Me Like Bees
Wednesday, March 23
The Riot Room
Better than: Any opener since Me Like Bees played RecordBar or, before that, since Tony Ladesich and Kasey Rausch played those gorgeous Stones duets at Crosstown Station.
It may have been 9 p.m. on a Wednesday at the Riot Room, and only a third of the crowd had shown, but Me Like Bees' frontman Luke Sheafer and bass player Asher Poindexter had mischievous grins on their faces as the band drummed and strummed its way to a tuneless opening crescendo. The Joplin band immediately launched into the hard-rocking one-two punch of "The Devil's Song" and "Good Machine" -- buoyant funk rockers with the raw edges of punk and the weight of metal. Poindexter's whole body dipped, turned and rocked with the groove, while Sheafer addressed the mic with the intensity of a man whose life depends on making everyone in the room feel the music.
By the time the band eased into the quietly building storm of "Doubt," the several dozen people in the place formed a semicircle around the stage. After "Lazarus" (a song that features a lilting, delicate vocal over a massive reggae-flavored rhythm) came a hard-hitting, jubilant cover of Gnarls Barkley's "Crazy." The Me Like Bees version is big and bold, with Sheafer growling and the band maintaining the funky lift of the song with hard, heavy swings of rhythm.
The band blasted a hole somewhere in the back of the house by the insistent swamp blues of "She," a song that more than relishes, as any good blues should do -- lines like, "My baby has a sweet left hook" with ecstatic vocal calls answered by scorching guitar. The song revolved around a swelling bridge worthy of the Who before delivering its definitive closing punch.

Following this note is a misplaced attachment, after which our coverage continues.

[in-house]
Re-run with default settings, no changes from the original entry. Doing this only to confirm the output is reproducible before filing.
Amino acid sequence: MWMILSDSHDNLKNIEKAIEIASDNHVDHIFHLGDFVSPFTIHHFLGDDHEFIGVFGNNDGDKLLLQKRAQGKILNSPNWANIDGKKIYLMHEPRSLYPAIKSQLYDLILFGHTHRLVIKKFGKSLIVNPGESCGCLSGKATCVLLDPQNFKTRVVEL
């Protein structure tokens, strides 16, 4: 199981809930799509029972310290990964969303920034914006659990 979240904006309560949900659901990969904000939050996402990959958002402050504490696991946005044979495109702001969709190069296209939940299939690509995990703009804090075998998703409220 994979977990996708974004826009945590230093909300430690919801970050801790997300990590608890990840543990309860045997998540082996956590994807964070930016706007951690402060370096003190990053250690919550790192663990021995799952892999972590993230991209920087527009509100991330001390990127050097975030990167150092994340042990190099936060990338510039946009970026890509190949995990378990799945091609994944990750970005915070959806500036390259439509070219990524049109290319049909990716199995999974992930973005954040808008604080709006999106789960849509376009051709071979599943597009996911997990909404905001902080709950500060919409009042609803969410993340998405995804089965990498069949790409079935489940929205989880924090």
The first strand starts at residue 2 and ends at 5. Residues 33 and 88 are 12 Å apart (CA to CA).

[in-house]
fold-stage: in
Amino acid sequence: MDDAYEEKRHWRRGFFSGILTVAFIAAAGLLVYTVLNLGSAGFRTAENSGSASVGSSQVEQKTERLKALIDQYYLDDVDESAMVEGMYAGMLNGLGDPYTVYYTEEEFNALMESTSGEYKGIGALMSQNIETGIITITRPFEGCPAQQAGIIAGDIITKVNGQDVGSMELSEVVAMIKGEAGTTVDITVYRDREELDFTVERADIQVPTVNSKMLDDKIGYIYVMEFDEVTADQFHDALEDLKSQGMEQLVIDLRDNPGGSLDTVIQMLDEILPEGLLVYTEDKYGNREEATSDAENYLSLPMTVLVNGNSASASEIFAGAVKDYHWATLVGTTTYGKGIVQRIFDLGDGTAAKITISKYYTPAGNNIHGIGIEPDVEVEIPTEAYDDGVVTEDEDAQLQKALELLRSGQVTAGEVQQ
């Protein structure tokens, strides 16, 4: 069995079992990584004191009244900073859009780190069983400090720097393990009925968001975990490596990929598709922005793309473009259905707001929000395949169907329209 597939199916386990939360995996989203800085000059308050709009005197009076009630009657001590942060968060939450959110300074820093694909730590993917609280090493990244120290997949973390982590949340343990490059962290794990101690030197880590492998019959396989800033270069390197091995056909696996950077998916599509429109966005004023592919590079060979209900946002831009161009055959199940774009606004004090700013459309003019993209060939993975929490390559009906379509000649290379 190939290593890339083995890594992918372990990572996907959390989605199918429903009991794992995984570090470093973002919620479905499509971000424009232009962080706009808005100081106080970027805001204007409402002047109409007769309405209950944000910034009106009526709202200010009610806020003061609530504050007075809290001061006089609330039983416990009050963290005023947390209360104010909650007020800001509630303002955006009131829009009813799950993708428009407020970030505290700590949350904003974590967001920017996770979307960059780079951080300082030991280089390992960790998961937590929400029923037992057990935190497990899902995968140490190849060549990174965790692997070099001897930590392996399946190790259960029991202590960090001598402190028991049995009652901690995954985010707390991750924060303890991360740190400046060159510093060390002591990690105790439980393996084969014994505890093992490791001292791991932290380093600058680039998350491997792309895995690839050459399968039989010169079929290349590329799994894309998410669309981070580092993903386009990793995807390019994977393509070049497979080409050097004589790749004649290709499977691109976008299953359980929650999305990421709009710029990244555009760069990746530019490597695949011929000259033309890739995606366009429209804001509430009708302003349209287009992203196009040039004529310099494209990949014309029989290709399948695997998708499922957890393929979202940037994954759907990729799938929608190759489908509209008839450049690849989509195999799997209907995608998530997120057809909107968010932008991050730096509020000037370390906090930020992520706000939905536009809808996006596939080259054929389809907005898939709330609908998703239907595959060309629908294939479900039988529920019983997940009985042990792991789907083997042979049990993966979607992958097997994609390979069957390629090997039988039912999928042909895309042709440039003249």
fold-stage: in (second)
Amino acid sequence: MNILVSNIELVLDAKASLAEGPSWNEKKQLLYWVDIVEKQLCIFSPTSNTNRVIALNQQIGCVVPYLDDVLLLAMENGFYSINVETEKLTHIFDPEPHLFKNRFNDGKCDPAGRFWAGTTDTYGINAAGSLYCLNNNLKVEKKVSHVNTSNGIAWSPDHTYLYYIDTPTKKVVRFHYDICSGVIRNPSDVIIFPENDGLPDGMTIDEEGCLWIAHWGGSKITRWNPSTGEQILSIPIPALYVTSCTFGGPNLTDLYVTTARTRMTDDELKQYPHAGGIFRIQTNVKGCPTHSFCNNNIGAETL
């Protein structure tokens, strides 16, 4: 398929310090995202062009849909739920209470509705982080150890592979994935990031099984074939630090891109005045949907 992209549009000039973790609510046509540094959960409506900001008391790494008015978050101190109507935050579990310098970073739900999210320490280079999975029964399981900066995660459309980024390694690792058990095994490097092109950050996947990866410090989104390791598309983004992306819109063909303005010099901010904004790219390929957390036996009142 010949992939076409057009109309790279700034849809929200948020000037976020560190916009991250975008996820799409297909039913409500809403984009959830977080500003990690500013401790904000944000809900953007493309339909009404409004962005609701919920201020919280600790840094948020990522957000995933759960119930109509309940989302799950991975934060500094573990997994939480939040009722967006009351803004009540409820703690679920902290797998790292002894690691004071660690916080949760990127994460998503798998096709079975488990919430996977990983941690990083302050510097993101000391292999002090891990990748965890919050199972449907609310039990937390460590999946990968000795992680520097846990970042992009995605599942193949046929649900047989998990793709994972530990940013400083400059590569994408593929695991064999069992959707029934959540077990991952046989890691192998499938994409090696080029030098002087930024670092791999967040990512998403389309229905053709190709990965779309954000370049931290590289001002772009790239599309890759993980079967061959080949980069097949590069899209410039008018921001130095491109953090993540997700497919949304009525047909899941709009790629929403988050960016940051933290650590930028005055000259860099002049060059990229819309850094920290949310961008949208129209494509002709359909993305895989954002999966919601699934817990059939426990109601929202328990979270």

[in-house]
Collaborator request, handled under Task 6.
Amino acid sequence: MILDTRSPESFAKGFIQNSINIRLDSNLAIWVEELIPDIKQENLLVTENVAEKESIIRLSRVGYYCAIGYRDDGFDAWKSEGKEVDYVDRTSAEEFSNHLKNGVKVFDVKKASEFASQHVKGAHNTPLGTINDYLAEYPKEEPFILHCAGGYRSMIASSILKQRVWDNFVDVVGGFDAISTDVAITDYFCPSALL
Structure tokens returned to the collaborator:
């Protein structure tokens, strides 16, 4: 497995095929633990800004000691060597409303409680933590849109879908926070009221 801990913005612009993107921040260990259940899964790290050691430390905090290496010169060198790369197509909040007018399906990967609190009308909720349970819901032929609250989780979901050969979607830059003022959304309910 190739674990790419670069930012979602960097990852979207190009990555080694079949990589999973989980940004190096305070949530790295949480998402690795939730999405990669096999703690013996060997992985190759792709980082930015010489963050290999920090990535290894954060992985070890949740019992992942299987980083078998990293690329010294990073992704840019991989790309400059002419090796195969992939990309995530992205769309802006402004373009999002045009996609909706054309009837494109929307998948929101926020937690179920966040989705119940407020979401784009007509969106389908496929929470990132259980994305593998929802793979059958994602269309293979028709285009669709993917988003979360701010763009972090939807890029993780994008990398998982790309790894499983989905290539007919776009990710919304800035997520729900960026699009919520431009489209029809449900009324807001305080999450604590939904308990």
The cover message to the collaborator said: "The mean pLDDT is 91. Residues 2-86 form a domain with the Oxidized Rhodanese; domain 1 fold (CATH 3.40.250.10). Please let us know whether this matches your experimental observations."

The end of the short set featured two of the band's finest crowd-pleasers. "Mama Don't Know" worked its way up to giddy breaks where the band cried "na na na" over hand claps. "Iconica" closed things out with the kind of hormone-charged rave that got rock-and-roll records burned in the first place.
The band's two shows a month ago, at Coda and RecordBar, worked packed houses to various states of giddy excitement. That kind of interaction with a crowd fuels any band to play its best, and those were unforgettable shows. But last night's show at the Riot Room served as a truer test of the band. With a much smaller crowd -- all but obscured, no doubt, by the glare of stage lights -- this four-piece delivered a level of energy all too rare on any night in any club in Kansas City.
Critic's Bias: This band had me at hello two shows ago.
Critic's Notebook: I love the black electrical tape across the drum set that cries out, "Free Weezy"! That's musical solidarity!
The Devil's Song
What Your Mama Don't Know